Oil plunged close to six-year lows this week on oversupply worries, before staging a slight recovery as the International Energy Agency (IAE) said that there were signs that “the tide will turn.”
Commodity investors also digested the Swiss central bank’s shock move to abandon its policy of weakening the franc, while traders readied for next week’s pivotal European Central Bank meeting.
OIL: European benchmark Brent tumbled on Tuesday to US$45.19 per barrel, a level last seen in March 2009, while New York crude struck a similar low at US$44.20.
“How low the market’s floor will be is anyone’s guess,” the IEA watchdog said in a monthly report on Friday. “A price recovery — barring any major disruption — may not be imminent, but signs are mounting that the tide will turn.”
The global oil market has more than halved since June last year, crashing due to stubborn worries over global oversupply and weak demand in a faltering world economy.
The IEA maintained its oil demand forecast for the year, expecting it to grow by 0.9 million barrels a day to reach 93.3 million barrels.
The oil market was hit again on Thursday by news that OPEC overproduced last month and had cut its global demand outlook.
Slumping oil sent shockwaves through the energy industry, sparking job losses and project cancelations, with Royal Dutch Shell axing a vast US $6.5 billion petrochemical investment with Qatar Petroleum.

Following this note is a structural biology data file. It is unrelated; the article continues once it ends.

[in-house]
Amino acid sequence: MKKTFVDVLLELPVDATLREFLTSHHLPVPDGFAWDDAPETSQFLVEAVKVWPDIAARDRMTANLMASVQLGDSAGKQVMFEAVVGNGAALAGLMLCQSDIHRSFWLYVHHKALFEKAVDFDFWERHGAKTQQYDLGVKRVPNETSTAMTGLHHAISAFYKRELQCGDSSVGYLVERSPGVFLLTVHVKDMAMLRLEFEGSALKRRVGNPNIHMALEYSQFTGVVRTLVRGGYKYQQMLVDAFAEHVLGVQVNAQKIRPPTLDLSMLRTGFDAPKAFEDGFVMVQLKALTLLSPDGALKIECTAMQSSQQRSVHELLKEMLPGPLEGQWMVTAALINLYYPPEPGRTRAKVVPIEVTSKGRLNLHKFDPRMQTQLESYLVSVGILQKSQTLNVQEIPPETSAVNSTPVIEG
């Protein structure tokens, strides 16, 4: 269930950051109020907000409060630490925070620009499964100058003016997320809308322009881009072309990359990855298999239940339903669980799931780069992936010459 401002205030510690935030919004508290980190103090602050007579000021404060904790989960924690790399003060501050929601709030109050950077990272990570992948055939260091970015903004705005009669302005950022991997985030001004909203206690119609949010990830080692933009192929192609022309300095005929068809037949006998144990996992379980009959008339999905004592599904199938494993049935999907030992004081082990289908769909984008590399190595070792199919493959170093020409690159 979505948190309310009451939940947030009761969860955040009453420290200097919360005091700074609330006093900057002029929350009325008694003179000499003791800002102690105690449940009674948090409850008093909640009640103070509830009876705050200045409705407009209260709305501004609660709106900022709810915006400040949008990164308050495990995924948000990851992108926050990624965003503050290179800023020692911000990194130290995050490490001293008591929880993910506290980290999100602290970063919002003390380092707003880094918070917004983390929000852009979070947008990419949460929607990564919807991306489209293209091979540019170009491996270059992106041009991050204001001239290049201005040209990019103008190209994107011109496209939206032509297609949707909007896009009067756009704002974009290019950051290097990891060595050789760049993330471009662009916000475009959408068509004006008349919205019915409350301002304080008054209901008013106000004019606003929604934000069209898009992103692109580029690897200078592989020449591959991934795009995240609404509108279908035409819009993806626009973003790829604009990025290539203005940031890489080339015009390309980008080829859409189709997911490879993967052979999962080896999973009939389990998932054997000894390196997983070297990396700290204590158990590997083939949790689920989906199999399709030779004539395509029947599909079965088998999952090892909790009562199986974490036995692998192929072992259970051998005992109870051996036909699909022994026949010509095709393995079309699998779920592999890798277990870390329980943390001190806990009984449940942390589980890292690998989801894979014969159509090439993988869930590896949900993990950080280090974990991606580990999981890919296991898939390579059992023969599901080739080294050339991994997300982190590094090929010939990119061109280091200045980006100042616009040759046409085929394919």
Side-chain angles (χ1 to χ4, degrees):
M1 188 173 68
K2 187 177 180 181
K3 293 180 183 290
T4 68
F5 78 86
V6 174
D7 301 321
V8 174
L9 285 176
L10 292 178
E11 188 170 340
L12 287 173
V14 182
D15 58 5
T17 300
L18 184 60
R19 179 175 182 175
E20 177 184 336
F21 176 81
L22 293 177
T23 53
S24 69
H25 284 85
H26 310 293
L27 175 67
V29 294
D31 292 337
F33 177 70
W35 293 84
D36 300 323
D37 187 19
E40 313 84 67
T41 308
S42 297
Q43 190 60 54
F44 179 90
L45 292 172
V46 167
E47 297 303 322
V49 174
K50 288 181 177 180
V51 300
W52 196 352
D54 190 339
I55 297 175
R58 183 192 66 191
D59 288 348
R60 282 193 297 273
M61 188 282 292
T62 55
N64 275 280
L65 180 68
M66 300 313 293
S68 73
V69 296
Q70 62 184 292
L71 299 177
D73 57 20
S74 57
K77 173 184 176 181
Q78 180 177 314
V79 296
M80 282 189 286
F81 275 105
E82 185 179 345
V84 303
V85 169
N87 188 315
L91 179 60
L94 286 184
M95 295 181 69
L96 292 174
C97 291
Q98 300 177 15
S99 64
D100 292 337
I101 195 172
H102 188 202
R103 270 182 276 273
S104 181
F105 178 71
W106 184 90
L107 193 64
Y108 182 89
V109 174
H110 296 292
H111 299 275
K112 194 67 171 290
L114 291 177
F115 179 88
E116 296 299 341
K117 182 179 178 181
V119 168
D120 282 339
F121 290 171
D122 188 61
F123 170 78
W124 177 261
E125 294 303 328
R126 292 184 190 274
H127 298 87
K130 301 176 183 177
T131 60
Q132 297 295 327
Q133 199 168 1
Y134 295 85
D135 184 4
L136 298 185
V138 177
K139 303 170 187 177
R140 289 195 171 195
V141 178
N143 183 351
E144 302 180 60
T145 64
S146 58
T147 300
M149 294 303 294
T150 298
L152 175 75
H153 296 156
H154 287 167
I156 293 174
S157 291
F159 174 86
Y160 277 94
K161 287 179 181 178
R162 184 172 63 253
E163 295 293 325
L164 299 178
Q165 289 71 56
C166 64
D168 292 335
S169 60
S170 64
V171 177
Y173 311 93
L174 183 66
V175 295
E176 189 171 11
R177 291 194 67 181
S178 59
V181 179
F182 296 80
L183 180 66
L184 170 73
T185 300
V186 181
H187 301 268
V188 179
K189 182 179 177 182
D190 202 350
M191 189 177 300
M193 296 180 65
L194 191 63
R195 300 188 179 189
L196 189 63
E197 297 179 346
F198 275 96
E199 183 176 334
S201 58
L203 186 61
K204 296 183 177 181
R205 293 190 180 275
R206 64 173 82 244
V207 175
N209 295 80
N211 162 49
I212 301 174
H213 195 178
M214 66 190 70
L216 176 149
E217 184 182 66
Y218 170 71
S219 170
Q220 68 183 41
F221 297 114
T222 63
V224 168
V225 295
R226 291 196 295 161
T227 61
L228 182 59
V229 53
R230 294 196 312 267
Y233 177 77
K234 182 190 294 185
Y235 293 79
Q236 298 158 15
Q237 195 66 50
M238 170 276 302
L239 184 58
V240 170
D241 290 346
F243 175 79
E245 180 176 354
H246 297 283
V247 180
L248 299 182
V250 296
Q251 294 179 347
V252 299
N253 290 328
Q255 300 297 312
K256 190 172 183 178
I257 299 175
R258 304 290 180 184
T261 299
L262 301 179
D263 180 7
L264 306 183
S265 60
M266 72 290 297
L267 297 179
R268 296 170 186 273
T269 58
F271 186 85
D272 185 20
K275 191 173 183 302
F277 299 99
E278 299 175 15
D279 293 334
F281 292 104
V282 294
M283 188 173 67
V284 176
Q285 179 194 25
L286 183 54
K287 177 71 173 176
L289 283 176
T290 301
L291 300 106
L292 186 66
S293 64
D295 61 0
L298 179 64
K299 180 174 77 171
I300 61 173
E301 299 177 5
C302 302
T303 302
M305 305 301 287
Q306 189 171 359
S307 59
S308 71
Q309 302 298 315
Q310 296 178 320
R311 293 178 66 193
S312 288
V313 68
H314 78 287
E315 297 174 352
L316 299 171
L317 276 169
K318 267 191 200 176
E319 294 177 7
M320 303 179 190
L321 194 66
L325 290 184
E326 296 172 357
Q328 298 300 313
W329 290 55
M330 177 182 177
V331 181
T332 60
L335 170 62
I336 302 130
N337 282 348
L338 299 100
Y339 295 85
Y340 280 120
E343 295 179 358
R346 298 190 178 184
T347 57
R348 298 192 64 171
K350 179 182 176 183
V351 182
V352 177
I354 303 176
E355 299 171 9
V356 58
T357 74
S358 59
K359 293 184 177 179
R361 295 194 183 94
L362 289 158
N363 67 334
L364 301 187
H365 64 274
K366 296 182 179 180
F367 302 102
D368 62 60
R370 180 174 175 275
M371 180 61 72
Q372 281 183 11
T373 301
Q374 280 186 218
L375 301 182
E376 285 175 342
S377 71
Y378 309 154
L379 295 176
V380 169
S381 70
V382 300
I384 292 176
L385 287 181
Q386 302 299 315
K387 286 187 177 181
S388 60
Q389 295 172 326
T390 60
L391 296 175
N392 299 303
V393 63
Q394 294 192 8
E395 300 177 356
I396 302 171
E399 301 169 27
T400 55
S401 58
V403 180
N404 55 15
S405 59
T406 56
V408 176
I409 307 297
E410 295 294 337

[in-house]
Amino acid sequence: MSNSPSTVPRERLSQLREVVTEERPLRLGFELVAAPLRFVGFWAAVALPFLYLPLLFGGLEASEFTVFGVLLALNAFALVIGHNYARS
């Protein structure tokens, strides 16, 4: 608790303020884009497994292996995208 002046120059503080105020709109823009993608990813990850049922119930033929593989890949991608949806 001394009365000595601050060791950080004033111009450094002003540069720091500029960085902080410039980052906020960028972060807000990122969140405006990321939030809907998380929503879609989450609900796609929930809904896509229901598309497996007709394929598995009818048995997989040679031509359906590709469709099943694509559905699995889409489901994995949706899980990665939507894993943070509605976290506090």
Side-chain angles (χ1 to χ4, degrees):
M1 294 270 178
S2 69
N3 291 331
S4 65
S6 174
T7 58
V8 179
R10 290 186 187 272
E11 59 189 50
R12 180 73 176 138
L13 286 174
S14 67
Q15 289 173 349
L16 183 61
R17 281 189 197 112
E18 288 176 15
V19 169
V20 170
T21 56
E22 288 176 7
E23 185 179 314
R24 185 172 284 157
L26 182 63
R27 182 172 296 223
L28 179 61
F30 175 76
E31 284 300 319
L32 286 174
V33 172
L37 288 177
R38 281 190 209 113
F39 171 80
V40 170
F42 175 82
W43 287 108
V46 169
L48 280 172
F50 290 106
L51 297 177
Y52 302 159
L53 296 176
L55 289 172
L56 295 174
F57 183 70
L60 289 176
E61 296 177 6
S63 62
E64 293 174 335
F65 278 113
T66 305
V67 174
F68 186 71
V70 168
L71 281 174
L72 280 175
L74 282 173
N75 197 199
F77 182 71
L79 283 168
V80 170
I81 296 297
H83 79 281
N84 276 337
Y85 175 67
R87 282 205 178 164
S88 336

By Friday on London’s Intercontinental Exchange, Brent North Sea crude for delivery in March eased to US$49.50 a barrel from the US$49.67 for next month’s contract posted the previous week.
On the New York Mercantile Exchange, West Texas Intermediate, or light sweet crude, for next month reversed to US$47.16 a barrel from US$47.96.
PRECIOUS METALS: Gold rallied to a four-month peak at US$1,279 per ounce on Friday, as investors sought shelter from markets turmoil.
By Friday on the London Bullion Market, gold rallied to US$1,277.50 an ounce from US$1,217.75 a week earlier, while silver climbed to US$16.92 an ounce from US$16.24.
On the London Platinum and Palladium Market, platinum rose to US$1,262 an ounce from US$1,225 and palladium edged down to US$757 from US$795.
BASE METALS: Copper tumbled to its lowest level in more than five years after the World Bank slashed its global economic growth forecast from 3.4 percent to 3 percent for this year, parking doubts over the demand outlook for the metal.
Copper on Wednesday dived to US$5,353.25 per tonne, a level last witnessed in July 2009.
By Friday on the London Metal Exchange, copper for delivery in three months sank to US$5,679 a tonne from US$6,112 last week.
Three-month aluminum slid to US$1,802 a tonne from US$1,820.50 the previous week, lead retreated to US$1,785.25 from US$1,820.50, tin dipped to US$19,400 from US$19,630 and nickel fell to US$14,567 from US$15,508.
RUBBER: Prices sank on the World Bank forecast and oil slump.
The Malaysian Rubber Board’s benchmark SMR20 on Friday fell to US$0.13990 a kilo from US$0.14445 the previous week.
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